second, the west (north) has a standard of living much better than the norm here. the minimum wage in chile is about 100 pounds a month. a kilo (two pounds) of cheap bread costs about 50p. in the uk (i'm english, so uk prices are easier for me, besides, you're a "brit"), an 800g loaf is what, maybe 80p. so basic food is about half the price here while the uk minimum wage (4.20 an hour or 600 pounds a month) is 6 times as large. so, simplifying hugely, people are at least (usa much richer than uk) 3 times richer in the usa (incidentally, my wage here is about 3 times lower than what i was earning in the uk - in both countries i have/had a pretty good job).

in other words, even working people are in poverty. to have no job means that you're not only desperate, but that, in general, your relations are already so poor that it's difficult for them to help (there is, of course, no state support for the unemployed).
posted by andrew cooke at 3:13 PM on December 10, 2002


Andrew: Some interesting observations as a Westerner in Chile. My rough 9% was based on the figures given in the BBC article linked to in the OP. Of course, the BBC does have a reputation for getting things wrong. :-)

I remember the bread price wars when you could get a regular loaf for 9p (14 cents for you Americans) down at Sainsbury's ;-)
posted by wackybrit at 3:22 PM on December 10, 2002


Interesting observation KettleBlack. In the same vein, Malcolm Gladwell actually has a good bit to say about coffee and tea.
posted by samuelad at 3:26 PM on December 10, 2002


I wonder abut the accuracy of unemployment figures. In the U.S., when your unemployment benefits run out, you are dropped from the roles that are used to count the unemployed. A number of years ago I was unemployed because I was collecting unemployment. I was thus listed as being without a job. When my benefits ran out, I was no longer listed as not working.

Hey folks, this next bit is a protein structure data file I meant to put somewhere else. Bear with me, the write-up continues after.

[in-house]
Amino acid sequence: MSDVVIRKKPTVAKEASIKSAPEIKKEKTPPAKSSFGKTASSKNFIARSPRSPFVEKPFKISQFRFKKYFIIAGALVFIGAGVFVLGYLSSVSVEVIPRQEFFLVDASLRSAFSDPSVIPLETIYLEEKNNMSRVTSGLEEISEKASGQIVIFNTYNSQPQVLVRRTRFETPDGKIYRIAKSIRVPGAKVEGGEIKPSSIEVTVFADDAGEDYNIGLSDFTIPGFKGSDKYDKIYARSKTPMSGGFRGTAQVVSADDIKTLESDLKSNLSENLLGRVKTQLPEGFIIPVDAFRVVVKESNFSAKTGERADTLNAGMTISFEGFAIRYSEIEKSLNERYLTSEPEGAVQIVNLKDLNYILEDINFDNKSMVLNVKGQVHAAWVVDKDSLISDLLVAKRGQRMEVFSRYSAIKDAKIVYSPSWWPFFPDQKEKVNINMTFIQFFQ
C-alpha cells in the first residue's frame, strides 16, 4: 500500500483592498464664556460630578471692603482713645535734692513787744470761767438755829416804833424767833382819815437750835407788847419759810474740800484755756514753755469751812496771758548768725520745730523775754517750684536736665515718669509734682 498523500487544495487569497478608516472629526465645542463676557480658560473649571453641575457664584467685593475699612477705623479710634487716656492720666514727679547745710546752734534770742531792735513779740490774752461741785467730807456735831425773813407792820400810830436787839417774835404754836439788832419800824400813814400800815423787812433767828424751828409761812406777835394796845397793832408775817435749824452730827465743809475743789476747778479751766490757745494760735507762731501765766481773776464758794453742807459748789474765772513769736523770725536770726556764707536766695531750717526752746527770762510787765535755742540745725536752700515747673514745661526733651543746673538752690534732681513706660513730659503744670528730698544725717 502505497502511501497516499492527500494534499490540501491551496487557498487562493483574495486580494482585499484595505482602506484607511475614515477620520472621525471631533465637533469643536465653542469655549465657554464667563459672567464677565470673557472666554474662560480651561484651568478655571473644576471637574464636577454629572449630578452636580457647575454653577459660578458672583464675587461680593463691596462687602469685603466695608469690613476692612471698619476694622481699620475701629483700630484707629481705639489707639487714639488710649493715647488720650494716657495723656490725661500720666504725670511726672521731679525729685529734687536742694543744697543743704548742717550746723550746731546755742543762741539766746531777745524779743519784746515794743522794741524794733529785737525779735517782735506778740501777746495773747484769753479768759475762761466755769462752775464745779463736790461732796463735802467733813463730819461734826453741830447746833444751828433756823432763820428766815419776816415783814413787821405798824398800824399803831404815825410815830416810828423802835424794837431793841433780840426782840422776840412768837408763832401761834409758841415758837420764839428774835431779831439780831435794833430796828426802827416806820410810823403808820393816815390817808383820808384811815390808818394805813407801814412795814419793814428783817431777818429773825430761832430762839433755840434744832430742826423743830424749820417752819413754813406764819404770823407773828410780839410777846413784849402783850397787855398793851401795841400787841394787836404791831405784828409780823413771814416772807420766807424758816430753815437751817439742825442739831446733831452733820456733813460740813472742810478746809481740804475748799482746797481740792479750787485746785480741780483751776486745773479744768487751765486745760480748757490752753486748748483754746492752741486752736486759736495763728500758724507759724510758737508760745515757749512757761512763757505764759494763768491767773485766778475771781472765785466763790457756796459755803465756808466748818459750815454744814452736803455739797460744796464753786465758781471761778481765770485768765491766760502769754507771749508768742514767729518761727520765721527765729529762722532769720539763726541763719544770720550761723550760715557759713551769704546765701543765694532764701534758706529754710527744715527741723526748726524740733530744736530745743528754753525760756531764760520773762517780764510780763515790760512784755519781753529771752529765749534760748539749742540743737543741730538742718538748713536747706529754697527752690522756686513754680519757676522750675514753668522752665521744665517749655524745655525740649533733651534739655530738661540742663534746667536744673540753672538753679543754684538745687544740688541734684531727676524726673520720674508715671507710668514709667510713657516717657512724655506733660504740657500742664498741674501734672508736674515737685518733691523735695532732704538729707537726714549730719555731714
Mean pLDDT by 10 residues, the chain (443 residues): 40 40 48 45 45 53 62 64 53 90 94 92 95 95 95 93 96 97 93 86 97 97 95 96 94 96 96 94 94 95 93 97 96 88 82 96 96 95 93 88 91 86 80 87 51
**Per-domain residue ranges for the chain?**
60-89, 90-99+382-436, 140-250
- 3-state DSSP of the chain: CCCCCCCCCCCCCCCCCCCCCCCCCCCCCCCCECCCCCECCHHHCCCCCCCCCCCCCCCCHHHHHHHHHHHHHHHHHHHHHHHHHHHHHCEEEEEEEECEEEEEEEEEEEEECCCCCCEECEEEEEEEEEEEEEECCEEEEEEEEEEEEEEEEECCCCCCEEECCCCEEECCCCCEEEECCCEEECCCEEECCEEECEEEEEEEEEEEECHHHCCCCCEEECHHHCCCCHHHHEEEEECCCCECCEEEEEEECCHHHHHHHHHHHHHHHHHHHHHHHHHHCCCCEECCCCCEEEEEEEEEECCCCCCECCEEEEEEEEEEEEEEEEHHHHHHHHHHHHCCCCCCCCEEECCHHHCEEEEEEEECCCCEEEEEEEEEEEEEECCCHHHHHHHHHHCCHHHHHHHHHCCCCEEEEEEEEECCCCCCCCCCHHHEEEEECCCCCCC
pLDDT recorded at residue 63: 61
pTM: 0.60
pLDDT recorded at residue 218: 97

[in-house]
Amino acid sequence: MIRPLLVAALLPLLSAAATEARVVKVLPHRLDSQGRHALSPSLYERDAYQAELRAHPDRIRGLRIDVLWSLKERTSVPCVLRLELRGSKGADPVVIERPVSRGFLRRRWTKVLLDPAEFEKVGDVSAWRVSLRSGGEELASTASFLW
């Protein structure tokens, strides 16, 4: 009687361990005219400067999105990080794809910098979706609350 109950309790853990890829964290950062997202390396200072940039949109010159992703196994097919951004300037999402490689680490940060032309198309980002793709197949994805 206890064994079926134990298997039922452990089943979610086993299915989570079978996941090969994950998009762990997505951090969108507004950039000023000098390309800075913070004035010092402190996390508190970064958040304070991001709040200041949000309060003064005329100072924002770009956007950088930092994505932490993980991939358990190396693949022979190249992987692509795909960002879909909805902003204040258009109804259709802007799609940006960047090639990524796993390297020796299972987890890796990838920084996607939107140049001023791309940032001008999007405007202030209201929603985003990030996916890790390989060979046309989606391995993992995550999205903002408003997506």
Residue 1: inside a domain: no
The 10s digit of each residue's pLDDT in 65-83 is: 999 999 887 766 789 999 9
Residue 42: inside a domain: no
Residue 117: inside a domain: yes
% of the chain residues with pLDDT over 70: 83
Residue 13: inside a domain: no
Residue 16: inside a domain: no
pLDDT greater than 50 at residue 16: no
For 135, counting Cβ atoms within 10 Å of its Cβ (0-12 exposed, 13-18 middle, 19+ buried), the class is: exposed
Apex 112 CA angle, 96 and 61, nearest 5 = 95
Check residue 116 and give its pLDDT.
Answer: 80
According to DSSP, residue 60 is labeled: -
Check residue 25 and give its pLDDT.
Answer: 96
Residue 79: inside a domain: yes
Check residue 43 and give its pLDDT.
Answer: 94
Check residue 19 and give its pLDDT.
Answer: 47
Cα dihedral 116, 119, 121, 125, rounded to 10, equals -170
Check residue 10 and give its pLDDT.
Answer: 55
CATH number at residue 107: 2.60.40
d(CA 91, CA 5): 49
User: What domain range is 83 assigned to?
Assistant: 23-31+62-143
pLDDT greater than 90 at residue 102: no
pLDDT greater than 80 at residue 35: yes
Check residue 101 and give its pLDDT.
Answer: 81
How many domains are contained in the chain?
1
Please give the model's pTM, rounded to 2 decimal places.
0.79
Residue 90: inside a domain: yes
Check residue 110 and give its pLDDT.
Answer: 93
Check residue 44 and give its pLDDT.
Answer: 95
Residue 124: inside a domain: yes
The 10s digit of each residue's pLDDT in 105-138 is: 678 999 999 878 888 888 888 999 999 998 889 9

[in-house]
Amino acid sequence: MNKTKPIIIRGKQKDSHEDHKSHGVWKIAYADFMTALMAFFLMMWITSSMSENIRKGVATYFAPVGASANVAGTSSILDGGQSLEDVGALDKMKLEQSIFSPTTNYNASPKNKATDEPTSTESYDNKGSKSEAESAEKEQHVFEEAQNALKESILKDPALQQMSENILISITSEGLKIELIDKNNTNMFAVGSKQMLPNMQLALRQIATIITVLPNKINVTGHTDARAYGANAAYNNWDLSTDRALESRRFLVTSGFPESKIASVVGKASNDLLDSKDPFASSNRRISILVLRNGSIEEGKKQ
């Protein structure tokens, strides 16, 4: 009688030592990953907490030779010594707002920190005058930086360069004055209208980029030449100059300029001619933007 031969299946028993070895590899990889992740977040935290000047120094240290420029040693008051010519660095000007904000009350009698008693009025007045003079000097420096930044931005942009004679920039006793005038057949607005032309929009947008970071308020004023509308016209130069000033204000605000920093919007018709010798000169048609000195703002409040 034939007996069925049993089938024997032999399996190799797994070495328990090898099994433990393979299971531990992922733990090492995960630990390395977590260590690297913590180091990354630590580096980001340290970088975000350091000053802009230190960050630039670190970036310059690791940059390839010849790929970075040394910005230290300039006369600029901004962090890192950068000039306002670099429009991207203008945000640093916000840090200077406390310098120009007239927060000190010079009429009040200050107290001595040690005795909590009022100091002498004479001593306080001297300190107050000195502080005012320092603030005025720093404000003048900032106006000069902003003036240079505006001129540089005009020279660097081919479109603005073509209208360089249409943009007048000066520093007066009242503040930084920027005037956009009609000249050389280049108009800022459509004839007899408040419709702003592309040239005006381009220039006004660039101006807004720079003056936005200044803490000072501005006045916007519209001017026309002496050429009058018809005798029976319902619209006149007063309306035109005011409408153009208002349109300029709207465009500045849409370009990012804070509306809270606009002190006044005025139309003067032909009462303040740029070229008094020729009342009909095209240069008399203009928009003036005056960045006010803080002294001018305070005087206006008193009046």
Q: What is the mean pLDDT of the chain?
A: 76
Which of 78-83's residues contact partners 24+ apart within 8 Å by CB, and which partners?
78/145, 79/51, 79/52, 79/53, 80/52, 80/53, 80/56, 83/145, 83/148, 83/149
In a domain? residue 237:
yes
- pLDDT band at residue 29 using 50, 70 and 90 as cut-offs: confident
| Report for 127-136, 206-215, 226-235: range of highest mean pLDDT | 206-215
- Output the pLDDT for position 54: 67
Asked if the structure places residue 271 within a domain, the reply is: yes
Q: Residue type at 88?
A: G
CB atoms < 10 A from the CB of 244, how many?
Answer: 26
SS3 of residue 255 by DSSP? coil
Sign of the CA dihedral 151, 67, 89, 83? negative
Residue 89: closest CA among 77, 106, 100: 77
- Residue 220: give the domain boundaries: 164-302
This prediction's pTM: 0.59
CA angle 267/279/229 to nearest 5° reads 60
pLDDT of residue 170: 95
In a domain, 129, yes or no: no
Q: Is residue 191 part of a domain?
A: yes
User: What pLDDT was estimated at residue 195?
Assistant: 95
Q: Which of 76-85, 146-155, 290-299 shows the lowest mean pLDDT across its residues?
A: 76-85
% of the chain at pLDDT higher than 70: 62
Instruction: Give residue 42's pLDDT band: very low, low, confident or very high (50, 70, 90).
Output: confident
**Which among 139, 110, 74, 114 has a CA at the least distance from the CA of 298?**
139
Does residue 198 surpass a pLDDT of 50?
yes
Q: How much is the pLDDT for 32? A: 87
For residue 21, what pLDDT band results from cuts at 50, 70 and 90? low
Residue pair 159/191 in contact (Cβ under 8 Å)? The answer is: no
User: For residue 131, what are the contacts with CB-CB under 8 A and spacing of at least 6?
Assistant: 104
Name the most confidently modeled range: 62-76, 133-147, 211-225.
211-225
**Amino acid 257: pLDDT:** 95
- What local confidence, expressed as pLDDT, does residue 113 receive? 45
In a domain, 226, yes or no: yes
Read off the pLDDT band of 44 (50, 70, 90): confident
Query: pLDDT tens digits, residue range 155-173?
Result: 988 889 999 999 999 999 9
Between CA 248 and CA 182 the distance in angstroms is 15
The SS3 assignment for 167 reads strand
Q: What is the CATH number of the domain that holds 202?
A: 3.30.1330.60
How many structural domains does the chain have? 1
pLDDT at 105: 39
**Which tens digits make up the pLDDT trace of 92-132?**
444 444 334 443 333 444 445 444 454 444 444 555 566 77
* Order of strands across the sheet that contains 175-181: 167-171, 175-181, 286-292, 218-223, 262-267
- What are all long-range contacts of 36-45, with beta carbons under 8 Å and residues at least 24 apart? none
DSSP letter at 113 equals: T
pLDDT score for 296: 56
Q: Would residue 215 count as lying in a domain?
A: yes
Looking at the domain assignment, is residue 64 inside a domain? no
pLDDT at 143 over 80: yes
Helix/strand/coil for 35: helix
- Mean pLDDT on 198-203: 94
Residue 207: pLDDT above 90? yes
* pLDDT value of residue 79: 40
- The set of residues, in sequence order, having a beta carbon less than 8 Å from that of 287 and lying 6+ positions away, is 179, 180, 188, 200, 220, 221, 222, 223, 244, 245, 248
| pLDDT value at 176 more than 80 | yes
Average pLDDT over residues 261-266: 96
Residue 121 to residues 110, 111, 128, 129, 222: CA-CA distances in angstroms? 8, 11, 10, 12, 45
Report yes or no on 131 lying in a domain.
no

posted by Postroad at 3:54 PM on December 10, 2002


i think i read it in marx (sorry about the caps im eatin a grilled chicken n falafel rollup)
posted by KettleBlack at 3:58 PM on December 10, 2002


yea, well, we have to have our oil...
posted by rhyax at 6:43 PM on December 10, 2002


They should try having fewer babies. That might help some. What do Latin America, Africa, and India all have in common besides massive poverty, overpopulation.
posted by Beholder at 8:12 PM on December 10, 2002


They should try having fewer babies.

That idea seems to be making headway in China. Unfortunately the scales are tipped toward an abundance of males.
posted by hama7 at 12:03 AM on December 11, 2002


This time it seems as though it is the lefties stomping on freedoms.

Awesome Midas. I can't believe they have you slaving as some CEO or another, whatever it is they pay you to maintain the ruling class' line. Your comprehension of "left vs. right" is intimidating. But I'm going to take a crack at it anyhow.

The "Left", if it is that you're referring to the real left, does not "stomp upon freedoms". If it is the freedom the poor, underclass, middle class etc. don't enjoy, which I'm sure you were referring to, you're right, totalitarian, fascist, corporatist, dicator-fawning greedies don't give a fuck about freedom, even if they did have a little bitt-o leftie in them in college.

Midas. Obviously you vouch for corporations and their beneficent influence on society. I really don't think you have any business accusing the "left" of doing anything close to what your heroes do with pathological obsessiveness.

Brace yourselves ~~~AMERICANS~~~. It's going to get worse. It's time to take our future into our own hands and bond as one with the working class of Latin America. As working citizens we need them as much as they need us.

(Good god I've got so much soap laying around these days; )
posted by crasspastor at 12:43 AM on December 11, 2002